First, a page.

“I make fudge every other day. It takes about eight hours per shift, depending on the day and orders.  We also wholesale to other shops and supply them with their fudge.”

Incognito Jelly Belly HQ
So is there anything else at the shop besides fudge? Well, yes. “It’s not fudge only. We’re northern Michigan’s Jelly Belly headquarters. We have a huge gummy selection, a fun kids’ selection, and nostalgia candies,” Lambdin said. Then there are candy bars, Reeds hard candies, popcorn, and caramel corn … the list goes on and on.
 
So is one of those items the most popular, or is it the fudge? The answer: neither. The holidays in particular see the giant fudge-dipped apples fly out the door. Lambdin starts with a Honeycrisp or Granny Smith apple, then begins the dipping process: vanilla caramel, vanilla fudge, and chocolate fudge, all drizzled in caramel, vanilla, and chocolate. There you have the Unparalleled Apple.
 
Of course, you don’t have to stop there. Lambdin doesn’t. The best-selling apple is the Michigan Queen, which adds local dried cherries, Belgian dark-chocolate cherries, red velvet cherries, and Belgian dark chocolate almonds. “It’s really pretty,” said Lambdin.
 
Or start with the Unparalleled and Go Nuts with milk and dark chocolate-dipped almonds and cashews. Or the Turtle Sea Salt Apple, again using the Unparalleled as a base, then incorporating dark and Belgian chocolate fudgebefore it’s coated with Georgia pecans, Belgian-dipped extra-large pecans and then lightly dusted with sea salt.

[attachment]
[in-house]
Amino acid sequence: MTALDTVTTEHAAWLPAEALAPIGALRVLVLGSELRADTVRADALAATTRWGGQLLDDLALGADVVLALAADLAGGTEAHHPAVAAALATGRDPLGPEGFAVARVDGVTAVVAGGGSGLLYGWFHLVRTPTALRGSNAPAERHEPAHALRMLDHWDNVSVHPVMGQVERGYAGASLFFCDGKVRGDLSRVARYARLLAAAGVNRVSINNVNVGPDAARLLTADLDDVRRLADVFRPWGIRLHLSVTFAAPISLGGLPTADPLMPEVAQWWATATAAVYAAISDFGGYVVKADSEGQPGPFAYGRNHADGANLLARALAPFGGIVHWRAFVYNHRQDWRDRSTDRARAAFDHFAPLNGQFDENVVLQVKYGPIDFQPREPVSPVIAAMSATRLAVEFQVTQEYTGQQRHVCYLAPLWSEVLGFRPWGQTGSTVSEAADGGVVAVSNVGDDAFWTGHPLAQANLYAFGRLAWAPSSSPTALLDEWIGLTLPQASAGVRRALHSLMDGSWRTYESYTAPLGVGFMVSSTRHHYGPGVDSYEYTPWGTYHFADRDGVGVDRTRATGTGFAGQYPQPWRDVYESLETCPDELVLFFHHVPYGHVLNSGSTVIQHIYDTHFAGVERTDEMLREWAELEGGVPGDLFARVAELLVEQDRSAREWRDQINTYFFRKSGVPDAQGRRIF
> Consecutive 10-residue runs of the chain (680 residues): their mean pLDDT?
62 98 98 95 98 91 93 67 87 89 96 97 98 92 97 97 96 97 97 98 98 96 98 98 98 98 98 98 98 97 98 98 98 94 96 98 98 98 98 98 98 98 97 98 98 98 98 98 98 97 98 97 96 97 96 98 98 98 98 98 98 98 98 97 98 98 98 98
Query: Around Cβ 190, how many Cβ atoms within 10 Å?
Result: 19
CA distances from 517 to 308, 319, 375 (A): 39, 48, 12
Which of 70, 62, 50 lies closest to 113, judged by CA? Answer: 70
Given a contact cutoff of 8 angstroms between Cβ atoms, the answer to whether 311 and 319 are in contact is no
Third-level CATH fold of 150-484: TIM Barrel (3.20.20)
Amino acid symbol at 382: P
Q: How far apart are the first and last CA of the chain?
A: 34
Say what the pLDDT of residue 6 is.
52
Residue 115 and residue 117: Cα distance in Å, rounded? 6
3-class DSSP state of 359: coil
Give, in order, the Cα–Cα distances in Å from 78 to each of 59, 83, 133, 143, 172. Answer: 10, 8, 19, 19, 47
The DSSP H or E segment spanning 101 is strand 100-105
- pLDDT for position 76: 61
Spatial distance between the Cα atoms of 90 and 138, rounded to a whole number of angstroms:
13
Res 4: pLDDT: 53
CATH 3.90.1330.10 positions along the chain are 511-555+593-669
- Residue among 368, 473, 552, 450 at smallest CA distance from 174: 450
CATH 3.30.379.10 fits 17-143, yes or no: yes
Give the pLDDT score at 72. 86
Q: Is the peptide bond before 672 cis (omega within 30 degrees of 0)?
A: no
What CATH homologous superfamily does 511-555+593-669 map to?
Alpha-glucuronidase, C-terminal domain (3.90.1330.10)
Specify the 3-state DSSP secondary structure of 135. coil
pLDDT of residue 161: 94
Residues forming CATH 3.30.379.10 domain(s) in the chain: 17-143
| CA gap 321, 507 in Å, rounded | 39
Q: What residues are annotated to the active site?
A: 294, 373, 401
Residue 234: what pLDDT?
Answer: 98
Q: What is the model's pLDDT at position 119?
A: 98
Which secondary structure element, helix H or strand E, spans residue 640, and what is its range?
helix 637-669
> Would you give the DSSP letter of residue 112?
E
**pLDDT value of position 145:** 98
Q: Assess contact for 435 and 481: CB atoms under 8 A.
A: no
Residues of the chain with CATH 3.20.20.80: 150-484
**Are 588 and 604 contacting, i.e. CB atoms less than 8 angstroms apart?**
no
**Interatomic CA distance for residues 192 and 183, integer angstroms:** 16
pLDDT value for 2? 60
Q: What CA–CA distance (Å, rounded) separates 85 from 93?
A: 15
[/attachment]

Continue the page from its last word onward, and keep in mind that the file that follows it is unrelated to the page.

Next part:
Lambdin then wraps the apple (yes, there’s still apple underneath it all), so it’s ready for shipping. “What’s cool is sending something local that you can’t get anywhere else,” said Lambdin.
 

Singular Focus & A Coat Hanger
Lambdin’s tricks for making your own unparalleled fudge
Lambdin grew up with fudge in her veins, courtesy of dad’s career at Nestle and mom and grandma’s careers as first-rate chocolatiers. So she’s well-versed in how to make it at home as well as commercially.
 
One thing they have in common: Lambdin recommends always using the best ingredients you can afford. “I’m incredibly picky and use only the finest ingredients. I use finely grated Belgian cocoa, creamy real butter, organic cream, fine sugar, real Vermont maple, and Madagascar vanilla,” she said. The same is true of whatever additional flavorings or ingredients she uses.
 
Beyond ingredients, she said the most important part of fudge-making is patience, Pay attention to what you’re doing, she said. Don’t get distracted and don’t wander off, or your fudge is sure to burn.
 
Last, keep it moving. “If you’re making it at home, I suggest you constantly stir your fudge while it’s cooking, so as to not scorch the bottom.  This breaks down the sugar as well.”
 
What about the always popular electric vs. gas debate? While she doesn’t choose a side, she noted her own experience is with electric. “My mother always cooked her fudge over electric. Her secret was to place a wire hanger between the pan and burner.  This also helps with scorching.”